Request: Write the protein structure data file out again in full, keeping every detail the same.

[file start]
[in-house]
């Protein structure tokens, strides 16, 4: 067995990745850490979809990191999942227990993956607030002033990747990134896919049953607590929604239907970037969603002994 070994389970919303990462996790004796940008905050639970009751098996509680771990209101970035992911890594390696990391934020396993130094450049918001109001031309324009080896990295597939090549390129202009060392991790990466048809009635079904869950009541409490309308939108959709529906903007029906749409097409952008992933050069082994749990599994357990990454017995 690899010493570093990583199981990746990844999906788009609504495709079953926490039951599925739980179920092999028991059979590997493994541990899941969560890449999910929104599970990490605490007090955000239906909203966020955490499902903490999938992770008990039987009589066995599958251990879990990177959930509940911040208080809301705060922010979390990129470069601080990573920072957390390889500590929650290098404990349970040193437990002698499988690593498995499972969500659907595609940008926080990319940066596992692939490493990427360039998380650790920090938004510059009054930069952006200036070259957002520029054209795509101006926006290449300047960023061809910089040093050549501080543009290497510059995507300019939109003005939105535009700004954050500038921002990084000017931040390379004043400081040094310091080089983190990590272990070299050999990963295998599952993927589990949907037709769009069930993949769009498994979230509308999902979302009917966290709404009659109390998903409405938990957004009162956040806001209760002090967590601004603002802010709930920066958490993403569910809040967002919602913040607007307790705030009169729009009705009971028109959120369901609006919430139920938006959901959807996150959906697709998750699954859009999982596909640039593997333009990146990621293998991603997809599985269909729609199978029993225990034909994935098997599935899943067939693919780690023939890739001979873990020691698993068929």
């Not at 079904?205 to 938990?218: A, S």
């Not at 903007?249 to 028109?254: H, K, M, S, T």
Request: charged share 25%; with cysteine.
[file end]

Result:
[in-house]
């Protein structure tokens, strides 16, 4: 067995990745850490979809990191999942227990993956607030002033990747990134896919049953607590929604239907970037969603002994 070994389970919303990462996790004796940008905050639970009751098996509680771990209101970035992911890594390696990391934020396993130094450049918001109001031309324009080896990295597939090549390129202009060392991790990466048809009635079904869950009541409490309308939108959709529906903007029906749409097409952008992933050069082994749990599994357990990454017995 690899010493570093990583199981990746990844999906788009609504495709079953926490039951599925739980179920092999028991059979590997493994541990899941969560890449999910929104599970990490605490007090955000239906909203966020955490499902903490999938992770008990039987009589066995599958251990879990990177959930509940911040208080809301705060922010979390990129470069601080990573920072957390390889500590929650290098404990349970040193437990002698499988690593498995499972969500659907595609940008926080990319940066596992692939490493990427360039998380650790920090938004510059009054930069952006200036070259957002520029054209795509101006926006290449300047960023061809910089040093050549501080543009290497510059995507300019939109003005939105535009700004954050500038921002990084000017931040390379004043400081040094310091080089983190990590272990070299050999990963295998599952993927589990949907037709769009069930993949769009498994979230509308999902979302009917966290709404009659109390998903409405938990957004009162956040806001209760002090967590601004603002802010709930920066958490993403569910809040967002919602913040607007307790705030009169729009009705009971028109959120369901609006919430139920938006959901959807996150959906697709998750699954859009999982596909640039593997333009990146990621293998991603997809599985269909729609199978029993225990034909994935098997599935899943067939693919780690023939890739001979873990020691698993068929």
């Not at 079904?205 to 938990?218: A, S």
């Not at 903007?249 to 028109?254: H, K, M, S, T």
Request: charged share 25%; with cysteine.